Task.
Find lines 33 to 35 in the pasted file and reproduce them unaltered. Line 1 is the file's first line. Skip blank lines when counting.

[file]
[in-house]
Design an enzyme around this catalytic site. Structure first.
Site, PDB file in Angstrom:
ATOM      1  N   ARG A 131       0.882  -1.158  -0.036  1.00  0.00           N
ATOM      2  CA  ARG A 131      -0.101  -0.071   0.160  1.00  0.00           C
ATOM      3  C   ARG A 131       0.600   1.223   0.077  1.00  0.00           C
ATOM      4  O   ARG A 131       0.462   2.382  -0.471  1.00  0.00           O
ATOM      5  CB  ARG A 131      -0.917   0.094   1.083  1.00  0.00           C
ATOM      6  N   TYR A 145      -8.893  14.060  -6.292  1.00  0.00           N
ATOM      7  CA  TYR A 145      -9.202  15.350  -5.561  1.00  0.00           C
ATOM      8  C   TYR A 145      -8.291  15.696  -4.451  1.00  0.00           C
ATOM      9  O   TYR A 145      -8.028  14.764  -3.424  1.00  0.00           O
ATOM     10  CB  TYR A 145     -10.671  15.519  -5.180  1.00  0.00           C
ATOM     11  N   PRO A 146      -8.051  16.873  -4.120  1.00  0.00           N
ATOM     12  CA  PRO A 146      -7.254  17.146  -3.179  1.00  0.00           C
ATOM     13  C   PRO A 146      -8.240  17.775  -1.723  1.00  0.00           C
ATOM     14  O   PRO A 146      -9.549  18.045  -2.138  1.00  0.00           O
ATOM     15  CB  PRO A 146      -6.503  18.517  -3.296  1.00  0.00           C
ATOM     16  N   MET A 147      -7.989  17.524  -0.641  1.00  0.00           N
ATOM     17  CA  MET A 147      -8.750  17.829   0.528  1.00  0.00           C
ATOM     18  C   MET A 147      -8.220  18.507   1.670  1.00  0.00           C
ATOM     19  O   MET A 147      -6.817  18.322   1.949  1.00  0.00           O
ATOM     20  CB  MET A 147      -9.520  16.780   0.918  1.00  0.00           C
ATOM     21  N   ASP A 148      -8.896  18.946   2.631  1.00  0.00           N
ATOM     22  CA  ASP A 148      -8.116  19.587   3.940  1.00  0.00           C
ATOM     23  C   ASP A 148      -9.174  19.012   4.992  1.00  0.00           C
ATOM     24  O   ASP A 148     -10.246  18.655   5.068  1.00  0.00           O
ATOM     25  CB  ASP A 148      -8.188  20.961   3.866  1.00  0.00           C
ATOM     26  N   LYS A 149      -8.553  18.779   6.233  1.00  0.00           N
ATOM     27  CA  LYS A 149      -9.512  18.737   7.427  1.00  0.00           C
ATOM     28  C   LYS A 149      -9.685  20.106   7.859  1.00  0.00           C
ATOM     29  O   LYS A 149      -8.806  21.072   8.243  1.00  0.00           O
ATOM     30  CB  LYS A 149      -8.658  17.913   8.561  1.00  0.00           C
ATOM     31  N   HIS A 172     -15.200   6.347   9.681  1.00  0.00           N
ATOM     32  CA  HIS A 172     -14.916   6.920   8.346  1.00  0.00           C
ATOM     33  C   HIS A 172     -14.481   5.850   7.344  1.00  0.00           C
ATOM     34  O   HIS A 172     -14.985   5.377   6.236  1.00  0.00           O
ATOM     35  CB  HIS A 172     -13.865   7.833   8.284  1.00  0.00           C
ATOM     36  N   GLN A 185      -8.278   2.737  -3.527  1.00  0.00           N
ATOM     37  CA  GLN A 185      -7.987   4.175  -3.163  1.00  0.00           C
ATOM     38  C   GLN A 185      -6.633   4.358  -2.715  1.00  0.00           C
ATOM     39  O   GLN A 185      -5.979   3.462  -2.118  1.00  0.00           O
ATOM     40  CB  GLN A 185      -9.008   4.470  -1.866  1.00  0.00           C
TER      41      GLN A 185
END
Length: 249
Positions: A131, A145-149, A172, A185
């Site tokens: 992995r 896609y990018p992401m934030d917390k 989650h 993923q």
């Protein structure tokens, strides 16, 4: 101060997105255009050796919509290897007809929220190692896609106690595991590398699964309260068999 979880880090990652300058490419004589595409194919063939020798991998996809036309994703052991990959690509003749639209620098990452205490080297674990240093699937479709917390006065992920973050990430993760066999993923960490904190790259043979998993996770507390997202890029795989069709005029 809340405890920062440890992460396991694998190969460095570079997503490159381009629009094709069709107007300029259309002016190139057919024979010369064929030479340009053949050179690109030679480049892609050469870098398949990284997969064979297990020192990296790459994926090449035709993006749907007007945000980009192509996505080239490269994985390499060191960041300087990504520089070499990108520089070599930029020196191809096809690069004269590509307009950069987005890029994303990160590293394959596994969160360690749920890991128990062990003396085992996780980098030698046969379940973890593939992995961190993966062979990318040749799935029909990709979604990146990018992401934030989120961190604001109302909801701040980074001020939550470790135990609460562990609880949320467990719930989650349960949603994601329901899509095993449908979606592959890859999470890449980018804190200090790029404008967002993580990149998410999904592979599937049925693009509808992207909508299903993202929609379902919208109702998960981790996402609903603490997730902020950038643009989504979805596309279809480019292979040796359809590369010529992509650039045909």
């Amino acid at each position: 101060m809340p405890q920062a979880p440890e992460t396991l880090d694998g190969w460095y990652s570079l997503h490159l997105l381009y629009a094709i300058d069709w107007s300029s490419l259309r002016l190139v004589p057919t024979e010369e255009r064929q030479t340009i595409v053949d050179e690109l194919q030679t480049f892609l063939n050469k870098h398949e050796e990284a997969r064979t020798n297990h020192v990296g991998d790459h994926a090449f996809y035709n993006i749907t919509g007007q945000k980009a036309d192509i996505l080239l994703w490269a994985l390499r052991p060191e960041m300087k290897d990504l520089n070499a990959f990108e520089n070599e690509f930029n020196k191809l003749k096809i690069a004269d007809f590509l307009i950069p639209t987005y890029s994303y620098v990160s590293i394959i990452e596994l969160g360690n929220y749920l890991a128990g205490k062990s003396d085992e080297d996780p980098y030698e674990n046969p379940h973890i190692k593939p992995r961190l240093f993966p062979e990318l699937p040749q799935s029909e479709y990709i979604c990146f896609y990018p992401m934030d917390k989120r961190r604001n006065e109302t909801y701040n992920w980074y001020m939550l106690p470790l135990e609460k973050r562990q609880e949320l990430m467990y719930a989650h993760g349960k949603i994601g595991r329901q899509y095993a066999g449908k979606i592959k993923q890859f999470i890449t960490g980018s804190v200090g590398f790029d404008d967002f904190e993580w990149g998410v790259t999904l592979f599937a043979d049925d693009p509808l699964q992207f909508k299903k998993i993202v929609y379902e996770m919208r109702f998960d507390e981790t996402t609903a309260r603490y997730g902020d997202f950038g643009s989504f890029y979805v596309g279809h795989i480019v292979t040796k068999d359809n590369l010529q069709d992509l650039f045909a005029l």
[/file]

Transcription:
ATOM     30  CB  LYS A 149      -8.658  17.913   8.561  1.00  0.00           C
ATOM     31  N   HIS A 172     -15.200   6.347   9.681  1.00  0.00           N
ATOM     32  CA  HIS A 172     -14.916   6.920   8.346  1.00  0.00           C